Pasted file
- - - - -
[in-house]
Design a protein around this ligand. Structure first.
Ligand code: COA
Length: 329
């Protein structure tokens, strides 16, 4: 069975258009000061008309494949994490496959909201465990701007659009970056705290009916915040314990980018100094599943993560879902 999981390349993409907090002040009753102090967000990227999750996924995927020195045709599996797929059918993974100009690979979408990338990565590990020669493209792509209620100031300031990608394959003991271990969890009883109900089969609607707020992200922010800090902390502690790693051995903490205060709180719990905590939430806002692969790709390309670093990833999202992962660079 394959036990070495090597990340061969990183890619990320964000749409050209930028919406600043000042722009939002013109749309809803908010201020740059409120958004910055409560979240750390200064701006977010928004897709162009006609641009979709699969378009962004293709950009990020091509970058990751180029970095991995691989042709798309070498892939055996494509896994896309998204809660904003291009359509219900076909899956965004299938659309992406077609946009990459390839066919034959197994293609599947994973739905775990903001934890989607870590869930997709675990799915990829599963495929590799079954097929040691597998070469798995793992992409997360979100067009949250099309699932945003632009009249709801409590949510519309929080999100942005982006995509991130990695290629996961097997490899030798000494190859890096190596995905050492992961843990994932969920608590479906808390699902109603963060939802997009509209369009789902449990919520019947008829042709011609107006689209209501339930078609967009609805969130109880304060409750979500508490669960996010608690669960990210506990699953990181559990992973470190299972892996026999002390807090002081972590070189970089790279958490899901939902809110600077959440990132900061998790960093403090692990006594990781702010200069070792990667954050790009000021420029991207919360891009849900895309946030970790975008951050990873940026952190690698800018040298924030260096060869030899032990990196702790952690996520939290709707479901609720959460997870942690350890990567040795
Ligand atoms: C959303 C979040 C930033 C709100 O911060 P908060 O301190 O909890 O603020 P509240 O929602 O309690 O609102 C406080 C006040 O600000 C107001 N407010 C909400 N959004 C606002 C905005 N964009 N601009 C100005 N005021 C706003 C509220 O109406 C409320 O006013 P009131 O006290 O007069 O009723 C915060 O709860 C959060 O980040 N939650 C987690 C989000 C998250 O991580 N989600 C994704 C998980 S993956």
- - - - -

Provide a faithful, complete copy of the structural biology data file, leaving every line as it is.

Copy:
[in-house]
Design a protein around this ligand. Structure first.
Ligand code: COA
Length: 329
């Protein structure tokens, strides 16, 4: 069975258009000061008309494949994490496959909201465990701007659009970056705290009916915040314990980018100094599943993560879902 999981390349993409907090002040009753102090967000990227999750996924995927020195045709599996797929059918993974100009690979979408990338990565590990020669493209792509209620100031300031990608394959003991271990969890009883109900089969609607707020992200922010800090902390502690790693051995903490205060709180719990905590939430806002692969790709390309670093990833999202992962660079 394959036990070495090597990340061969990183890619990320964000749409050209930028919406600043000042722009939002013109749309809803908010201020740059409120958004910055409560979240750390200064701006977010928004897709162009006609641009979709699969378009962004293709950009990020091509970058990751180029970095991995691989042709798309070498892939055996494509896994896309998204809660904003291009359509219900076909899956965004299938659309992406077609946009990459390839066919034959197994293609599947994973739905775990903001934890989607870590869930997709675990799915990829599963495929590799079954097929040691597998070469798995793992992409997360979100067009949250099309699932945003632009009249709801409590949510519309929080999100942005982006995509991130990695290629996961097997490899030798000494190859890096190596995905050492992961843990994932969920608590479906808390699902109603963060939802997009509209369009789902449990919520019947008829042709011609107006689209209501339930078609967009609805969130109880304060409750979500508490669960996010608690669960990210506990699953990181559990992973470190299972892996026999002390807090002081972590070189970089790279958490899901939902809110600077959440990132900061998790960093403090692990006594990781702010200069070792990667954050790009000021420029991207919360891009849900895309946030970790975008951050990873940026952190690698800018040298924030260096060869030899032990990196702790952690996520939290709707479901609720959460997870942690350890990567040795
Ligand atoms: C959303 C979040 C930033 C709100 O911060 P908060 O301190 O909890 O603020 P509240 O929602 O309690 O609102 C406080 C006040 O600000 C107001 N407010 C909400 N959004 C606002 C905005 N964009 N601009 C100005 N005021 C706003 C509220 O109406 C409320 O006013 P009131 O006290 O007069 O009723 C915060 O709860 C959060 O980040 N939650 C987690 C989000 C998250 O991580 N989600 C994704 C998980 S993956």